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AASWomen Newsletter for April 12, 2024

AstronomyAASWomen Newsletter for April 12, 2024


AAS Committee on the Status of Women
Issue of April 12, 2024
eds: Jeremy Bailin, Nicolle Zellner, Sethanne Howard, and Hannah Jang-Condell

[We hope you all are taking care of yourselves and each other. –eds.]

This week’s issues:

1. Career Profile: Jörg Matthias Determann Records Modern Science History
2. The Victorian Woman Who Chased Eclipses
3. Women end up doing the academic housework
4. Job Opportunities
5. How to Submit to the AASWOMEN newsletter
6. How to Subscribe or Unsubscribe to the AASWOMEN newsletter
7. Access to Past Issues

An online version of this newsletter will be available at http://womeninastronomy.blogspot.com/ at 3:00 PM ET every Friday.


1. Career Profile: Jörg Matthias Determann Records Modern Science History

From: Nicolle Zellner via womeninastronomy.blogspot.com

The AAS Committee on the Status of Women in Astronomy has compiled dozens of interviews highlighting the diversity of career trajectories available to astronomers, planetary scientists, etc. The interviews share advice and lessons learned from individuals on those paths.

Below is our interview with Jörg Matthias Determann, a professor and historian of science in the Department of Liberal Arts & Sciences at Virginia Commonwealth University in Qatar. He holds a doctorate from the School of Oriental and African Studies (SOAS), University of London, and two master’s degrees from the University of Vienna. He is the author of five books including Islam, Science Fiction and Extraterrestrial Life and Space Science and the Arab World. He is also co-editor of a volume on Islamic Theology and Extraterrestrial Life. In February 2024, we profiled his book Diversity, Equity, and Inclusion in Astronomy.

Read more at

https://womeninastronomy.blogspot.com/2024/04/career-profile-jorg-matthias-determann.html

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2. The Victorian Woman Who Chased Eclipses

From: Jeremy Bailin [jbailin_at_ua.edu]

By Samia Bouzid, Katie Hafner & The Lost Women Of Science Initiative

Annie Maunder was an astronomer who expanded our understanding of the sun at the turn of the 20th century. Her passion was photographing eclipses.

“It is December 1897 in England, and Annie Maunder, an amateur astronomer, is boarding a steamship bound for India. Her goal: to photograph a total solar eclipse. Like the many people in North America whose gaze will turn upward on April 8, Maunder was fascinated by the secrets of the sun and was determined to travel the globe and unlock them. She understood that the few minutes of darkness during a solar eclipse presented a special opportunity to explore the nature of the sun. Her observations led to our greater understanding of how our star affects Earth, but like so many early female scientists, her contributions and achievements have been forgotten.”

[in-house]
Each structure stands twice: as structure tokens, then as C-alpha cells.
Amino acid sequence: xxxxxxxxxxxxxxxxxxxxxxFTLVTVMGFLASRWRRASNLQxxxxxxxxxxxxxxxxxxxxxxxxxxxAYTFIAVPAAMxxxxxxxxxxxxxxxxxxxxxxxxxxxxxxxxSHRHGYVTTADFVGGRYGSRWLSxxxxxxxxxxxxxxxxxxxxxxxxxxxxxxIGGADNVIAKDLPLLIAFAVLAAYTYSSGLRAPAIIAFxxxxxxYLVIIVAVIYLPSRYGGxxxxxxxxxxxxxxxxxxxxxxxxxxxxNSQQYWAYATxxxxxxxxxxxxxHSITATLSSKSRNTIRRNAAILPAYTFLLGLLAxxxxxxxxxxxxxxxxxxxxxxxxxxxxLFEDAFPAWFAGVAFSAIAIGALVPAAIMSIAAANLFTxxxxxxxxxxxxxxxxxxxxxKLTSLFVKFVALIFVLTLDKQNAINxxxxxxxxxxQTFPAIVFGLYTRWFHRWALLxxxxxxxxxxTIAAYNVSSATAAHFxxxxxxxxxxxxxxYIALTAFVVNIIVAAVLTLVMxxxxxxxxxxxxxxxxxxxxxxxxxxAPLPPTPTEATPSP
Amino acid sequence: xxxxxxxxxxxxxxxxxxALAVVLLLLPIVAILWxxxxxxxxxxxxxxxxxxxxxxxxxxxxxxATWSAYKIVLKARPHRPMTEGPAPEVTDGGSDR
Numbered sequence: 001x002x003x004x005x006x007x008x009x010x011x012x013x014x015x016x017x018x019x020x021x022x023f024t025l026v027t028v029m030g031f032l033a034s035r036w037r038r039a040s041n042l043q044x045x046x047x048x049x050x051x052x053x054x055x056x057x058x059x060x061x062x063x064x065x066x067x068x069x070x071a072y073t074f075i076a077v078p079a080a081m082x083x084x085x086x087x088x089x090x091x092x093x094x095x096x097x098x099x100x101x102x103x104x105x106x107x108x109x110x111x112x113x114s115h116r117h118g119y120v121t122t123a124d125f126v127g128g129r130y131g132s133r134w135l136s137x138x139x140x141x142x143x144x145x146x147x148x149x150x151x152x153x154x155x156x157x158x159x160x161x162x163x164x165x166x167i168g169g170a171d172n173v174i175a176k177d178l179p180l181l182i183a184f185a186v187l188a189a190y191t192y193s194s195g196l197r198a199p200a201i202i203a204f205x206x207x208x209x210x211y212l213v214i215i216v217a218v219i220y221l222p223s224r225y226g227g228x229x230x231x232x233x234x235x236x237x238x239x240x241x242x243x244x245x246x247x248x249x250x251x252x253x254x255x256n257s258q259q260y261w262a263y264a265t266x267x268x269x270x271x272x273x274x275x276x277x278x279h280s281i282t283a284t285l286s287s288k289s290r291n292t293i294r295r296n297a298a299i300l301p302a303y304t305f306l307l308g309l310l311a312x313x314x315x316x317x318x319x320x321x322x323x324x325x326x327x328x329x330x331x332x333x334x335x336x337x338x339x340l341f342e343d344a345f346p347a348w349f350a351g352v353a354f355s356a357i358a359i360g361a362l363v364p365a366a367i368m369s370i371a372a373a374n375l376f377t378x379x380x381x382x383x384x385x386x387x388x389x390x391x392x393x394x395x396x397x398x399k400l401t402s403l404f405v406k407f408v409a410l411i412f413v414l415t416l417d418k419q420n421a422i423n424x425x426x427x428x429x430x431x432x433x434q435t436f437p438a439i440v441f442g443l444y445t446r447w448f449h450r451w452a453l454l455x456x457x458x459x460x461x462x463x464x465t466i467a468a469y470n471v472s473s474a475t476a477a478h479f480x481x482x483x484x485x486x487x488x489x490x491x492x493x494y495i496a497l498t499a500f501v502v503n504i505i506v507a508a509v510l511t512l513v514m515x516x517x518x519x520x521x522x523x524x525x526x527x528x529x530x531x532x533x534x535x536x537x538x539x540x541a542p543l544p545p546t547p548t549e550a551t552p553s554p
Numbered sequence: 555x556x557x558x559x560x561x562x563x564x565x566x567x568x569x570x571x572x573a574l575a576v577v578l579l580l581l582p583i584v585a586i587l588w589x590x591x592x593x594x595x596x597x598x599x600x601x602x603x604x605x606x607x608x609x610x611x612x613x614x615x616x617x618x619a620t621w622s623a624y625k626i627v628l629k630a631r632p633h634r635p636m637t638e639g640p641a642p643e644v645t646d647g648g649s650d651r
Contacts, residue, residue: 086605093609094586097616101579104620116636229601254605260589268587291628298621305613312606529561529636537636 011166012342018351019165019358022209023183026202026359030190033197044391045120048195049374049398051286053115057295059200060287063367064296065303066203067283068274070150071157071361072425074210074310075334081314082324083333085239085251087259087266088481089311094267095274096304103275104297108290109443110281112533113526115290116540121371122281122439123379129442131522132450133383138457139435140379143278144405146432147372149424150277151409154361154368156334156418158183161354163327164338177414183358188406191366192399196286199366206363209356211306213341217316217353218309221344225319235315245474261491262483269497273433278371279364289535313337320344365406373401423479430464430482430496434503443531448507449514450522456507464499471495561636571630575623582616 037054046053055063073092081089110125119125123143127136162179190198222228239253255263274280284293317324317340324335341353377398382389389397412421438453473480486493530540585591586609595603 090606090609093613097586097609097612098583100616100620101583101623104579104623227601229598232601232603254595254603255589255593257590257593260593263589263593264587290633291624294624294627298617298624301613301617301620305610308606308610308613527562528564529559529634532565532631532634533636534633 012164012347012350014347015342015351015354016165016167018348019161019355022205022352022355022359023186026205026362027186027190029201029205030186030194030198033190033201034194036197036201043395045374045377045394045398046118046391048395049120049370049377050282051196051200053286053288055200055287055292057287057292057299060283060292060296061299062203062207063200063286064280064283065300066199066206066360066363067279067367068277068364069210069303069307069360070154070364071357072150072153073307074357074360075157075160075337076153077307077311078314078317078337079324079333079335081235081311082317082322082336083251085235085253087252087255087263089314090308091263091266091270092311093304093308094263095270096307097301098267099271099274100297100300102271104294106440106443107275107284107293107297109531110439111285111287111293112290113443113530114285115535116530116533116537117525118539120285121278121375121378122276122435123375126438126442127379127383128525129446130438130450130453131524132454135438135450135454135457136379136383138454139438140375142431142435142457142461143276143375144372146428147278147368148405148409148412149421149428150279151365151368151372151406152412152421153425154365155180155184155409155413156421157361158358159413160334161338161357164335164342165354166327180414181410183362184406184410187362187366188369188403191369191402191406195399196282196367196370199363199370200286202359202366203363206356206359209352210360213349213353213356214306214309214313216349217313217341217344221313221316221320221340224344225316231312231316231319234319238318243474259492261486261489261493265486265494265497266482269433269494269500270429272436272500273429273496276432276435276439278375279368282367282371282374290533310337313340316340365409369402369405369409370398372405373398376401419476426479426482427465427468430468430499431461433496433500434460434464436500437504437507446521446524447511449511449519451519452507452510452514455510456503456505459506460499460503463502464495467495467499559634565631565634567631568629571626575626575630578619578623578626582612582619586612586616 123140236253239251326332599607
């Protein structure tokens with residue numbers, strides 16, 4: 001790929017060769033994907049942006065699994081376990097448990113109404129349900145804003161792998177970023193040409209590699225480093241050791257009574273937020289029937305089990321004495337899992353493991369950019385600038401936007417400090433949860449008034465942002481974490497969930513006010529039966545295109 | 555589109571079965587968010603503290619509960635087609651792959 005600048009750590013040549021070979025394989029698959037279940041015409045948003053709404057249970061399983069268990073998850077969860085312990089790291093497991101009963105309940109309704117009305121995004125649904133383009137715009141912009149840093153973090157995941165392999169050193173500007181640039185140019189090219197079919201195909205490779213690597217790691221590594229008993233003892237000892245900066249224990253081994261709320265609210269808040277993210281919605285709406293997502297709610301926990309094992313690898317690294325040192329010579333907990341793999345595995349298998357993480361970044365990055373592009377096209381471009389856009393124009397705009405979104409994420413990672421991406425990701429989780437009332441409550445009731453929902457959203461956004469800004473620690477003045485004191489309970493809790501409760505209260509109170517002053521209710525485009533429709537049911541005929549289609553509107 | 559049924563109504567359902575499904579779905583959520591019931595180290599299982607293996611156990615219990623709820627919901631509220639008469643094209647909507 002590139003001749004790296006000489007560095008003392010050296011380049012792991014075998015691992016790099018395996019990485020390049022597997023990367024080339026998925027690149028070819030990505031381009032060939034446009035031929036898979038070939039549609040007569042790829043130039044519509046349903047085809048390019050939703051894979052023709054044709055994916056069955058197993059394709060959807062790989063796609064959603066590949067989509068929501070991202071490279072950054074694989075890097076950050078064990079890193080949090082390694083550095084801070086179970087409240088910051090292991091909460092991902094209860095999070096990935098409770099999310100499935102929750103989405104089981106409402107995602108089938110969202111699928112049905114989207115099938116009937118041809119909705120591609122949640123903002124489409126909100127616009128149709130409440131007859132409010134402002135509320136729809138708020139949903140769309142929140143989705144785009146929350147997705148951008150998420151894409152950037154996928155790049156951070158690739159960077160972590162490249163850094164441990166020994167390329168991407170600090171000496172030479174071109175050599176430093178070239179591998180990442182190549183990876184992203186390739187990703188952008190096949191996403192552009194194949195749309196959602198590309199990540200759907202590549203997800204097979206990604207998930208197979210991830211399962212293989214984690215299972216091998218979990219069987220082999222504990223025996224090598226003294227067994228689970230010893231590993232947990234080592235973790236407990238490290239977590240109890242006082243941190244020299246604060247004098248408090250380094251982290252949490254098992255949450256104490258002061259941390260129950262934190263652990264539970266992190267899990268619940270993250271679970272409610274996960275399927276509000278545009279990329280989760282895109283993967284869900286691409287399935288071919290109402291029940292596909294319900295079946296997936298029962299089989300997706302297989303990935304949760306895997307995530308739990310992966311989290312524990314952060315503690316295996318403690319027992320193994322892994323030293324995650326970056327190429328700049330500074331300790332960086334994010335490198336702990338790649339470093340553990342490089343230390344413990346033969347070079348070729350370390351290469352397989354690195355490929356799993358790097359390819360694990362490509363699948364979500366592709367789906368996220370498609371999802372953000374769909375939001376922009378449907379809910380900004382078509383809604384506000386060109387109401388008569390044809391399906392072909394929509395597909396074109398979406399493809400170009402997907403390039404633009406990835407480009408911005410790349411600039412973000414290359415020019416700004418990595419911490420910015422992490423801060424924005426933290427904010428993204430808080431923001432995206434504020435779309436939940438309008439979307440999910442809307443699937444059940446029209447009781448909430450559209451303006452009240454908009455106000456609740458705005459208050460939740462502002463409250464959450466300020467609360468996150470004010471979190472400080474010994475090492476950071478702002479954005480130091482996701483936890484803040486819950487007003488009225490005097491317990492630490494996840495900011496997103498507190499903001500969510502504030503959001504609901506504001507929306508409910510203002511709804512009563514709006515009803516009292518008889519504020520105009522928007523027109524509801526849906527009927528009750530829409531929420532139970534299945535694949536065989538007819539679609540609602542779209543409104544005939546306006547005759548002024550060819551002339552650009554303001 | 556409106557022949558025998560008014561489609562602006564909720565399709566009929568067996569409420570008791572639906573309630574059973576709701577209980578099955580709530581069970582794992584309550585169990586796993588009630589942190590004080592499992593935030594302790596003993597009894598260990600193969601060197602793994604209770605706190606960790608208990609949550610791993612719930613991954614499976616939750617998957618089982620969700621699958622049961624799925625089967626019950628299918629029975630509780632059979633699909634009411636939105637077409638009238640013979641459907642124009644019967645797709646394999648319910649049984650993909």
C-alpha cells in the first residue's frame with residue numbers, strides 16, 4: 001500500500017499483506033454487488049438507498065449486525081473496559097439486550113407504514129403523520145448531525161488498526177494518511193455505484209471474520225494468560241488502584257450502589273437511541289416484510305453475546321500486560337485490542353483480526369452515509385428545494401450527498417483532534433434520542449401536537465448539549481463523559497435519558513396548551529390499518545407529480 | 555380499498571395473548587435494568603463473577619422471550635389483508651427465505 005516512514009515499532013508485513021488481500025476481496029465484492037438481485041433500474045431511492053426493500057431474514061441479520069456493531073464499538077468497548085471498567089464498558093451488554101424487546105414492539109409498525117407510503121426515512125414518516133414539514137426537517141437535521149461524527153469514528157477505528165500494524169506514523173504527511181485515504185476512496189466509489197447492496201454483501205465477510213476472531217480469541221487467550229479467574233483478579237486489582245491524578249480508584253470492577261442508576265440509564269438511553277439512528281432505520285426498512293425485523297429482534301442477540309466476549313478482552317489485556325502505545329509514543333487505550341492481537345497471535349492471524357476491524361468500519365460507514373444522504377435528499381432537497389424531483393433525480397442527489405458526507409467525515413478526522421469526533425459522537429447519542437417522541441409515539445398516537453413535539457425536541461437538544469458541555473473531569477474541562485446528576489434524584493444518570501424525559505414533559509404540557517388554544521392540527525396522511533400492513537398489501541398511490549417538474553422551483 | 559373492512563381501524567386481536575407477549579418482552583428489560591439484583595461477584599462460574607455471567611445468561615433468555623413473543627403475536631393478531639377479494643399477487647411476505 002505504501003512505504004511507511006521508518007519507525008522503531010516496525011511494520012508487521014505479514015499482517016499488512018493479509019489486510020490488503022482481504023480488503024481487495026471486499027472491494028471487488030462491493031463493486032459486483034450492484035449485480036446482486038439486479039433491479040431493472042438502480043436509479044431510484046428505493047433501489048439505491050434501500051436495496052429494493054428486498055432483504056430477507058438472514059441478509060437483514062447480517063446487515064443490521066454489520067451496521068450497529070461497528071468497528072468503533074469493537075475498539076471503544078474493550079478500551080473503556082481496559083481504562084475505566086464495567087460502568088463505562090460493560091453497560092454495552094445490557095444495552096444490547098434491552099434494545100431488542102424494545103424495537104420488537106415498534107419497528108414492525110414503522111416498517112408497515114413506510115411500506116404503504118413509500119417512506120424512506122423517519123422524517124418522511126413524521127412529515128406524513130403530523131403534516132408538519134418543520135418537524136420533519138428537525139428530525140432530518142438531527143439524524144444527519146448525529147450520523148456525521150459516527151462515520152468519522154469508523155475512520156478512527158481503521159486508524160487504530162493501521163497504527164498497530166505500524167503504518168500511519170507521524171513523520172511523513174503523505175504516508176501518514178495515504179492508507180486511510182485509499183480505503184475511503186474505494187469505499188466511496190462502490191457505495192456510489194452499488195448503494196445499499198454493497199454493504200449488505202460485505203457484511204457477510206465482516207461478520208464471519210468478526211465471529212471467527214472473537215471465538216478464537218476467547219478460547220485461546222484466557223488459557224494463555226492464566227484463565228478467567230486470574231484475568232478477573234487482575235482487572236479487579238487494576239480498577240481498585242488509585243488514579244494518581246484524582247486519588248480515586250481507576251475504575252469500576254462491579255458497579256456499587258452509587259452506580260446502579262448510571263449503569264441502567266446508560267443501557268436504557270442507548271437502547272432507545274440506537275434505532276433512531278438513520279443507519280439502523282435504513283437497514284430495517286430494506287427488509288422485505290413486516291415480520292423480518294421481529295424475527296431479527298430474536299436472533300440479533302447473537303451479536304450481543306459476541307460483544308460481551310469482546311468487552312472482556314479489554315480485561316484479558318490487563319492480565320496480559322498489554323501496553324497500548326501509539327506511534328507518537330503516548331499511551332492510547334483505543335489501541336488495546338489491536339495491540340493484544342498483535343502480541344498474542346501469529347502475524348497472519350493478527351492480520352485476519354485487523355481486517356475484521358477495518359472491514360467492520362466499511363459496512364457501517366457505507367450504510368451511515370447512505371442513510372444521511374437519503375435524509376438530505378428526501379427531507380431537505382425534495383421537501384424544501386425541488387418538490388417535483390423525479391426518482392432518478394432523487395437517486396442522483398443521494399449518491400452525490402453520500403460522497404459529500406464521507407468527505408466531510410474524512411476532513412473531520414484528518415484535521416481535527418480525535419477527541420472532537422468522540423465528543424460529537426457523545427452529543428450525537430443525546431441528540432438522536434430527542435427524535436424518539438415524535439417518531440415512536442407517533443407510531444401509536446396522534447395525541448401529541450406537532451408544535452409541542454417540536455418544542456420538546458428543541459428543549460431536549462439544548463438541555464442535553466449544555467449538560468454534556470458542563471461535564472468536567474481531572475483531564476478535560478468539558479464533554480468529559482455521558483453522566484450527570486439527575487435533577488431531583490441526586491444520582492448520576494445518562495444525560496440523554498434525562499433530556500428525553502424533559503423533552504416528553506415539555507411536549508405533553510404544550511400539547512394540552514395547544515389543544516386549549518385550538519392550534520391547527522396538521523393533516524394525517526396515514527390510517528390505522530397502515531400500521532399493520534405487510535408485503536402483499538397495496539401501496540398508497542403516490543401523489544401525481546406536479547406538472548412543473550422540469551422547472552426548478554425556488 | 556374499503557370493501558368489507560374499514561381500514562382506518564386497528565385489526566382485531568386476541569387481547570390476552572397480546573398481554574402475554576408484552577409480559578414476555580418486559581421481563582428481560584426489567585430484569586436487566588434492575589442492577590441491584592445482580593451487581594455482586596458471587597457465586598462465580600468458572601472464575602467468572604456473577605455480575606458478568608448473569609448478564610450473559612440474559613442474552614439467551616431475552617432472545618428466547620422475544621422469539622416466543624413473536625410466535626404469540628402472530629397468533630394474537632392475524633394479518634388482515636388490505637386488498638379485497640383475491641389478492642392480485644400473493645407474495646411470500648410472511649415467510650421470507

Read more and listen to the podcast at

https://www.scientificamerican.com/article/the-victorian-woman-who-chased-eclipses/

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3. Women end up doing the academic housework

From: Jeremy Bailin [jbailin_at_ua.edu]

By Gunn Kvalsvik

While women actively participate in the practical work at their organisation, men dodge it.

The findings of a new study from Danish academia are clear: Men dodge service jobs, leaving them to women.

The findings were so clear that even the researchers were surprised.

Read more at

https://kifinfo.no/en/2024/03/women-end-doing-academic-housework

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4. Job Opportunities

For those interested in increasing excellence and diversity in their organizations, a list of resources and advice is here:

https://aas.org/comms/cswa/resources/Diversity#howtoincrease

– UMass Lowell has a faculty opening in Engineering under NSF’s Faculty Development in geoSpace Science program:

https://explorejobs.uml.edu/lowell/en-us/job/522632/assistant-professor-electrical-computer-engineering

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5. How to Submit to the AASWOMEN newsletter

To submit an item to the AASWOMEN newsletter, including replies to topics, send email to aaswomen_at_lists.aas.org .

All material will be posted unless you tell us otherwise, including your email address.

When submitting a job posting for inclusion in the newsletter, please include a one-line description and a link to the full job posting.

Please remember to replace “_at_” in the e-mail address above.

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6. How to Subscribe or Unsubscribe to the AASWOMEN newsletter

Join AAS Women List through the online portal:

To Subscribe, go to https://aas.simplelists.com/aaswlist/subscribe/ and enter your name and email address, and click Subscribe. You will be sent an email with a link to click to confirm subscription.

To unsubscribe from AAS Women by email:

Go to https://aas.simplelists.com, in the “My account and unsubscriptions”, type your email address. You will receive an email with a link to access your account, from there you can click the unsubscribe link for this mailing list.

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7. Access to Past Issues

http://womeninastronomy.blogspot.com/search/label/AASWOMEN

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